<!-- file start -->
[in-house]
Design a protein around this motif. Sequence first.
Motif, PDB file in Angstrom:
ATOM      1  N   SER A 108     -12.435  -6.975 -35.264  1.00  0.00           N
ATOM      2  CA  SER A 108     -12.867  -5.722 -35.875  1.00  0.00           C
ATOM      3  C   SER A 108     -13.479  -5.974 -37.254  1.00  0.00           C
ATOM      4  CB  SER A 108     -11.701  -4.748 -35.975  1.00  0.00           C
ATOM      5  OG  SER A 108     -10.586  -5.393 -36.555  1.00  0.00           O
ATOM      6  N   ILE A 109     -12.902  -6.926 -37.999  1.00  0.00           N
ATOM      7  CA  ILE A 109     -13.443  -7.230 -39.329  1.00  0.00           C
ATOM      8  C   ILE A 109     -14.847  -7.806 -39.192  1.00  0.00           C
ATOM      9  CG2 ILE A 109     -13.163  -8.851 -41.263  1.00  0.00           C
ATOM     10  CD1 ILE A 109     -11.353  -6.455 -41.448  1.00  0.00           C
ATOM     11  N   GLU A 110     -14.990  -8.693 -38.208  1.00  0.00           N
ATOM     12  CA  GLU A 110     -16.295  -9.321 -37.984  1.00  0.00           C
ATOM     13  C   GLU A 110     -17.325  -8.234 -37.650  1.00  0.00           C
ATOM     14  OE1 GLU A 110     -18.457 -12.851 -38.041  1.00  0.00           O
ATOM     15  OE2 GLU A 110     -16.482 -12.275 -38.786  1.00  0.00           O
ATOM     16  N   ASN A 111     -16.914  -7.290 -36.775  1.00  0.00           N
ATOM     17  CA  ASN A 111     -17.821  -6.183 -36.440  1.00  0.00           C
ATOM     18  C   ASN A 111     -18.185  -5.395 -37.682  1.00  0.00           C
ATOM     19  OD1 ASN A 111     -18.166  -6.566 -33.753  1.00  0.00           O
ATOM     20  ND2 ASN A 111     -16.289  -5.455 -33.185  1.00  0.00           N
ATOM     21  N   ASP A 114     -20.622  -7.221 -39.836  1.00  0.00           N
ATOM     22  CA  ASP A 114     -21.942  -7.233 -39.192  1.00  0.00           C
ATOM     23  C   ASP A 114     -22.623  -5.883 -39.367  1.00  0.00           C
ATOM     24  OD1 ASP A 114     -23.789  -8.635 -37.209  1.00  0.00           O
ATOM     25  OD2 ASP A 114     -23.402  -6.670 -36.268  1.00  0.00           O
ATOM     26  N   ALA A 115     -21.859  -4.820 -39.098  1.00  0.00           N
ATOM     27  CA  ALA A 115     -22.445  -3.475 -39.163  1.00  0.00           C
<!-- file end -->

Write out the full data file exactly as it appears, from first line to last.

[in-house]
Design a protein around this motif. Sequence first.
Motif, PDB file in Angstrom:
ATOM      1  N   SER A 108     -12.435  -6.975 -35.264  1.00  0.00           N
ATOM      2  CA  SER A 108     -12.867  -5.722 -35.875  1.00  0.00           C
ATOM      3  C   SER A 108     -13.479  -5.974 -37.254  1.00  0.00           C
ATOM      4  CB  SER A 108     -11.701  -4.748 -35.975  1.00  0.00           C
ATOM      5  OG  SER A 108     -10.586  -5.393 -36.555  1.00  0.00           O
ATOM      6  N   ILE A 109     -12.902  -6.926 -37.999  1.00  0.00           N
ATOM      7  CA  ILE A 109     -13.443  -7.230 -39.329  1.00  0.00           C
ATOM      8  C   ILE A 109     -14.847  -7.806 -39.192  1.00  0.00           C
ATOM      9  CG2 ILE A 109     -13.163  -8.851 -41.263  1.00  0.00           C
ATOM     10  CD1 ILE A 109     -11.353  -6.455 -41.448  1.00  0.00           C
ATOM     11  N   GLU A 110     -14.990  -8.693 -38.208  1.00  0.00           N
ATOM     12  CA  GLU A 110     -16.295  -9.321 -37.984  1.00  0.00           C
ATOM     13  C   GLU A 110     -17.325  -8.234 -37.650  1.00  0.00           C
ATOM     14  OE1 GLU A 110     -18.457 -12.851 -38.041  1.00  0.00           O
ATOM     15  OE2 GLU A 110     -16.482 -12.275 -38.786  1.00  0.00           O
ATOM     16  N   ASN A 111     -16.914  -7.290 -36.775  1.00  0.00           N
ATOM     17  CA  ASN A 111     -17.821  -6.183 -36.440  1.00  0.00           C
ATOM     18  C   ASN A 111     -18.185  -5.395 -37.682  1.00  0.00           C
ATOM     19  OD1 ASN A 111     -18.166  -6.566 -33.753  1.00  0.00           O
ATOM     20  ND2 ASN A 111     -16.289  -5.455 -33.185  1.00  0.00           N
ATOM     21  N   ASP A 114     -20.622  -7.221 -39.836  1.00  0.00           N
ATOM     22  CA  ASP A 114     -21.942  -7.233 -39.192  1.00  0.00           C
ATOM     23  C   ASP A 114     -22.623  -5.883 -39.367  1.00  0.00           C
ATOM     24  OD1 ASP A 114     -23.789  -8.635 -37.209  1.00  0.00           O
ATOM     25  OD2 ASP A 114     -23.402  -6.670 -36.268  1.00  0.00           O
ATOM     26  N   ALA A 115     -21.859  -4.820 -39.098  1.00  0.00           N
ATOM     27  CA  ALA A 115     -22.445  -3.475 -39.163  1.00  0.00           C